The University of Chicago Convocation
The University of Chicago honors a longstanding tradition by gathering as a community to confer degrees on candidates who have completed their courses of study. We call this ceremony convocation, a term denoting ritual assembly, rather than commencement or graduation. For us, this is a moment to celebrate individual achievement as well as institutional progress and continuity.
Literally a “calling together,” the University’s convocation assembles all elements of the University community: degree candidates and their families, and friends, the faculty, the deans, the officers of the University, the Trustees of the University, the provost, and the president.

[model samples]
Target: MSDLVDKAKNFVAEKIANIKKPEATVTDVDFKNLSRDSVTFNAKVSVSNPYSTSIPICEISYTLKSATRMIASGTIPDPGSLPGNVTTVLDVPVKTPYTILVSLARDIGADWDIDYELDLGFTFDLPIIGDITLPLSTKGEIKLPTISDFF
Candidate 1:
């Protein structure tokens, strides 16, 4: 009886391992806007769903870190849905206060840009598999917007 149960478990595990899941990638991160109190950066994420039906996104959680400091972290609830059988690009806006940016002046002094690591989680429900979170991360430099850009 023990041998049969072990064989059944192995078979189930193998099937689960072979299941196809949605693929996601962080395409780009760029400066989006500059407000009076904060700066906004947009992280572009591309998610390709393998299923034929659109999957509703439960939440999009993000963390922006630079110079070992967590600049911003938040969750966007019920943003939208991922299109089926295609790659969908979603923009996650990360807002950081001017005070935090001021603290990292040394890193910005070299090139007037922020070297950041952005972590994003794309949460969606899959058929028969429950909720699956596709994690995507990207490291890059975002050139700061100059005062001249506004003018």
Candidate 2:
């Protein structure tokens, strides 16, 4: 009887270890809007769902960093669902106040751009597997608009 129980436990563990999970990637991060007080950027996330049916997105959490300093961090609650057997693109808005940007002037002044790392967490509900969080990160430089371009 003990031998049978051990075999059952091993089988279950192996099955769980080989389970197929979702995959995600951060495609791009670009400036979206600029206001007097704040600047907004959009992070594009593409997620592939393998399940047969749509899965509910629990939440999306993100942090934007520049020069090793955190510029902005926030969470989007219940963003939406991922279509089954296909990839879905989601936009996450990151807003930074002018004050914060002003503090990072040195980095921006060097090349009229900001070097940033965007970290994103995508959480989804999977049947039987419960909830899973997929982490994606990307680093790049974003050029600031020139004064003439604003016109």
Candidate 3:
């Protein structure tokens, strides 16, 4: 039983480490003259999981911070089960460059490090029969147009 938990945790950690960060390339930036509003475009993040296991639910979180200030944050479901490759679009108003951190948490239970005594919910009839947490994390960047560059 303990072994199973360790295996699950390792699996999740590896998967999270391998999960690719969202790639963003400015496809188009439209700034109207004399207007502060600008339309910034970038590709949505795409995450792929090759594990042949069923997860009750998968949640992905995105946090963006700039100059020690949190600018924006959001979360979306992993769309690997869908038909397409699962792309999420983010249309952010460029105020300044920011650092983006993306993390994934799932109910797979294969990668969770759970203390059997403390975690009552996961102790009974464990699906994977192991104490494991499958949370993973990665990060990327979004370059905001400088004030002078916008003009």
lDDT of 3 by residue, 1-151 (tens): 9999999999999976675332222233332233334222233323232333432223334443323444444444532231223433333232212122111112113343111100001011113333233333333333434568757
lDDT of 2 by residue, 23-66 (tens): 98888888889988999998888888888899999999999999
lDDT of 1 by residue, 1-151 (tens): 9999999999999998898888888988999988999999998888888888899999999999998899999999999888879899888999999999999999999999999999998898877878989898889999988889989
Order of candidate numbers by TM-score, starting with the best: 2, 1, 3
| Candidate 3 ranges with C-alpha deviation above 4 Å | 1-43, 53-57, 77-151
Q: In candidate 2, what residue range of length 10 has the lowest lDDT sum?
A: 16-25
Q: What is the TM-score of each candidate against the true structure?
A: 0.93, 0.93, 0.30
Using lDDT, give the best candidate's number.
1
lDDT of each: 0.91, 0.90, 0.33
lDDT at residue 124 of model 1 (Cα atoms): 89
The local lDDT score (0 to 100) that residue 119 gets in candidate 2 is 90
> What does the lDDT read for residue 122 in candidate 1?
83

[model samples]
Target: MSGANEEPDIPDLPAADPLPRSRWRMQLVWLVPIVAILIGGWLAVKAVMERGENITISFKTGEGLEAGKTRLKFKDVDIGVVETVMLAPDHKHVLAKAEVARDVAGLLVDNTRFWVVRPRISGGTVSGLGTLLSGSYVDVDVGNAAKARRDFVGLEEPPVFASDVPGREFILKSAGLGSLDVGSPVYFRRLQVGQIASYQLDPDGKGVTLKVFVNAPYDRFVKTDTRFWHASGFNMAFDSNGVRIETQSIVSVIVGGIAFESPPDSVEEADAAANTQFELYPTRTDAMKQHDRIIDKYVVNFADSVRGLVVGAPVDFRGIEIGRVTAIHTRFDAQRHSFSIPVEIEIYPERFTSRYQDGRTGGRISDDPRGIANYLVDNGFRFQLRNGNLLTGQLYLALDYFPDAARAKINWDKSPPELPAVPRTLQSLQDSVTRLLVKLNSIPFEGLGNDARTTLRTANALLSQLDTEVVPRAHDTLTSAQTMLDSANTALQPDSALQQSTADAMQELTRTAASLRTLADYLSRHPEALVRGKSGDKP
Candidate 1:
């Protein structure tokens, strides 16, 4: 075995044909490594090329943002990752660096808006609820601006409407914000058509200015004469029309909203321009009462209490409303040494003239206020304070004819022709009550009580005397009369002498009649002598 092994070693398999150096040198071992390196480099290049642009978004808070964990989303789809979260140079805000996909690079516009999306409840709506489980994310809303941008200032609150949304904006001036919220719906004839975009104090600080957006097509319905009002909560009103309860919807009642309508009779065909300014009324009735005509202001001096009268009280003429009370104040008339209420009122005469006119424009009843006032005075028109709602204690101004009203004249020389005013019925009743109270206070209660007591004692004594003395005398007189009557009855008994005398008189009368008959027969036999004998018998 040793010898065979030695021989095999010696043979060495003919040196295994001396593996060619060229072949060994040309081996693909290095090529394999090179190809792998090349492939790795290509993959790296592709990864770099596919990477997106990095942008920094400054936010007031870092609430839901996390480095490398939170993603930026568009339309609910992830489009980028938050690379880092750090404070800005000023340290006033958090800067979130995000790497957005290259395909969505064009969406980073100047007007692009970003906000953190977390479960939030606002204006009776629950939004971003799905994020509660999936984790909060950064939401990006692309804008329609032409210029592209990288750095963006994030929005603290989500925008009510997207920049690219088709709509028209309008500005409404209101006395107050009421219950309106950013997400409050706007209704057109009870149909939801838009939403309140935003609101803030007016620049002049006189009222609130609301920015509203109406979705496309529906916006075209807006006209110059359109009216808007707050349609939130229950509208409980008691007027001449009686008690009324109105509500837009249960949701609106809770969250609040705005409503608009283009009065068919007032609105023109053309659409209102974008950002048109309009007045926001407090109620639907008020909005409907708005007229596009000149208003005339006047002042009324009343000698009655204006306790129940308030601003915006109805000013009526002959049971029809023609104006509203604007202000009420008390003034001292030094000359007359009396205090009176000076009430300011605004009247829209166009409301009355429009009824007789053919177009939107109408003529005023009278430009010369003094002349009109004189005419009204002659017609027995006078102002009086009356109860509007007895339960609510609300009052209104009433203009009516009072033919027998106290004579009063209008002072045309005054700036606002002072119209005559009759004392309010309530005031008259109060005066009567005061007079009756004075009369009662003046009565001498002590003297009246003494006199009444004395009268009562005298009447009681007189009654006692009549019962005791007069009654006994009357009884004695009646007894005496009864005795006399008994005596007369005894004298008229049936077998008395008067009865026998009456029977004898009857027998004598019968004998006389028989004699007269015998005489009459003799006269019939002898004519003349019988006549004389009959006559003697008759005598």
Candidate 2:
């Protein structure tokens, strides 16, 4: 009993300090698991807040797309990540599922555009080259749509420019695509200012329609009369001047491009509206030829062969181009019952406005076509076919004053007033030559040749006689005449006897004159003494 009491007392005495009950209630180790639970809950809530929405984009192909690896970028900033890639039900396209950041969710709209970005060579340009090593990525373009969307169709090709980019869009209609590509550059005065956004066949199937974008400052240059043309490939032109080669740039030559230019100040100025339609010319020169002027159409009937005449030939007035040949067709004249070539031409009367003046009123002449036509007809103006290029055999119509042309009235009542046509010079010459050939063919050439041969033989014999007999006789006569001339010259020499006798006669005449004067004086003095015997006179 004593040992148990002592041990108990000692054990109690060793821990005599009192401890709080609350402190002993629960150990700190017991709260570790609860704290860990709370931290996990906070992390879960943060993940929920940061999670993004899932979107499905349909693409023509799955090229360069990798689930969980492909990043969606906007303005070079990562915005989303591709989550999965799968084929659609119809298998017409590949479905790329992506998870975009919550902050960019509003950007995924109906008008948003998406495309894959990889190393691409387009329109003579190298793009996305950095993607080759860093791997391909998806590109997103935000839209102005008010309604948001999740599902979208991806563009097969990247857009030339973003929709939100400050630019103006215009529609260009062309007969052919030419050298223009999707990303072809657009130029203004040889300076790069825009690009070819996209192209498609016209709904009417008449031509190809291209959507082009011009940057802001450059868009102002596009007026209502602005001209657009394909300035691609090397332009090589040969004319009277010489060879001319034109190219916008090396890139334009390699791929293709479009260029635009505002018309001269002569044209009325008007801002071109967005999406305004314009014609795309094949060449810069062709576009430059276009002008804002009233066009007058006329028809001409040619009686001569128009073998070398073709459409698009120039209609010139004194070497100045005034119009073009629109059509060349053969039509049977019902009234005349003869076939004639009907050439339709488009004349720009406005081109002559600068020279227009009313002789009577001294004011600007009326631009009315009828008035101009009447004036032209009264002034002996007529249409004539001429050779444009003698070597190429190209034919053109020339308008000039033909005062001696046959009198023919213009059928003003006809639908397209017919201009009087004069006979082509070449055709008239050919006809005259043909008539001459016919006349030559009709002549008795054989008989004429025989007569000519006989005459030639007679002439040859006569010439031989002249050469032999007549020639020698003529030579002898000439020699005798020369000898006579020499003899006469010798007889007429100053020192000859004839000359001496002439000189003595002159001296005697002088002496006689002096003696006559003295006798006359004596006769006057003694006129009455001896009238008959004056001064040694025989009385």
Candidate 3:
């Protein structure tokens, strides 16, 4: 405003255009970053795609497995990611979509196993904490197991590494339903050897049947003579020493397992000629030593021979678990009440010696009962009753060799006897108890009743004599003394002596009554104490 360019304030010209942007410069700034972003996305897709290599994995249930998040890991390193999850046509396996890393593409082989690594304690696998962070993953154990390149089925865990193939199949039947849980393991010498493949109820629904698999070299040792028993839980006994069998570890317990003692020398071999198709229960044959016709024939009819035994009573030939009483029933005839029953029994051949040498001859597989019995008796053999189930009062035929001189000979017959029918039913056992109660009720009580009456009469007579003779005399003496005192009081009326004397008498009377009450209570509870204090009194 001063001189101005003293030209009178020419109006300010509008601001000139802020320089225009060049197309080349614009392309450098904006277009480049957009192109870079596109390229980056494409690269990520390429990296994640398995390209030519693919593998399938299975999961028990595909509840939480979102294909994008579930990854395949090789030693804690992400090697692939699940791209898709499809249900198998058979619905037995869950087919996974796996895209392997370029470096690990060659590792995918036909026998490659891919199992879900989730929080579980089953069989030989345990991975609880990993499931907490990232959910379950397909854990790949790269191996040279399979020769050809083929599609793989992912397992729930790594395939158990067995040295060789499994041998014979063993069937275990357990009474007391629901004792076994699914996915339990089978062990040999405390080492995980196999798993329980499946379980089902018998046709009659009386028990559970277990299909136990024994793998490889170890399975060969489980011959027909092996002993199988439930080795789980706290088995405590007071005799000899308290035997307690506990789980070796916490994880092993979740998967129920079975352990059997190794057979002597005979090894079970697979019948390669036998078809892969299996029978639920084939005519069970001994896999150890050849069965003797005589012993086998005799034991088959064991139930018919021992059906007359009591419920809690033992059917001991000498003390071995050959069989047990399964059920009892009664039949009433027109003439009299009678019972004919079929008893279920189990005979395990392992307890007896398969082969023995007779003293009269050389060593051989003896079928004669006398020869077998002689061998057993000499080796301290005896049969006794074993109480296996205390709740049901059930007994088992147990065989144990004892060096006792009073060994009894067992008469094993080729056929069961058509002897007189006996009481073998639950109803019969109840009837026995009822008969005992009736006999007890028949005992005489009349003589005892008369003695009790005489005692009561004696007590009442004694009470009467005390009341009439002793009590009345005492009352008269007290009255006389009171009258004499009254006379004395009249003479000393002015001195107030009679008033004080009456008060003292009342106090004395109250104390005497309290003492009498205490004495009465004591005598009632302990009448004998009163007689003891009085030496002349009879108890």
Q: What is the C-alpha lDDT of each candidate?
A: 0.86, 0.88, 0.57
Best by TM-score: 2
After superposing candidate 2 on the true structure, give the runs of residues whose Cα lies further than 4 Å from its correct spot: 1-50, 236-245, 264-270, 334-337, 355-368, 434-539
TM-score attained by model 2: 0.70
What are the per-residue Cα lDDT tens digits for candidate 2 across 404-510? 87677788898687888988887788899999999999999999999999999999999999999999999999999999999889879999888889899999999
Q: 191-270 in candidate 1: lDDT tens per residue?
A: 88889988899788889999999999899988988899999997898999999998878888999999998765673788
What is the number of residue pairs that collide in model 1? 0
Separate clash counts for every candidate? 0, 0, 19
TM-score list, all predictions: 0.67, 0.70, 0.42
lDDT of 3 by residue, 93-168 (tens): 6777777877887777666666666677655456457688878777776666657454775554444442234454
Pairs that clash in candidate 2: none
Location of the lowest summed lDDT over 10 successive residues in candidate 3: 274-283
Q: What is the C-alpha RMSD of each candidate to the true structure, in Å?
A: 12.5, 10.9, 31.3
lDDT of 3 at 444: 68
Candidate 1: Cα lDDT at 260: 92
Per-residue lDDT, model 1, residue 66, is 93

The first convocation was celebrated in January 1893 under founding president William Rainey Harper. Since then the University has held at least four convocations every year. Winter Quarter, Spring Quarter, Summer Quarter, and Autumn Quarter convocations are held to mark the end of an academic quarter, while others are held to inaugurate University presidents or to commemorate significant institutional milestones.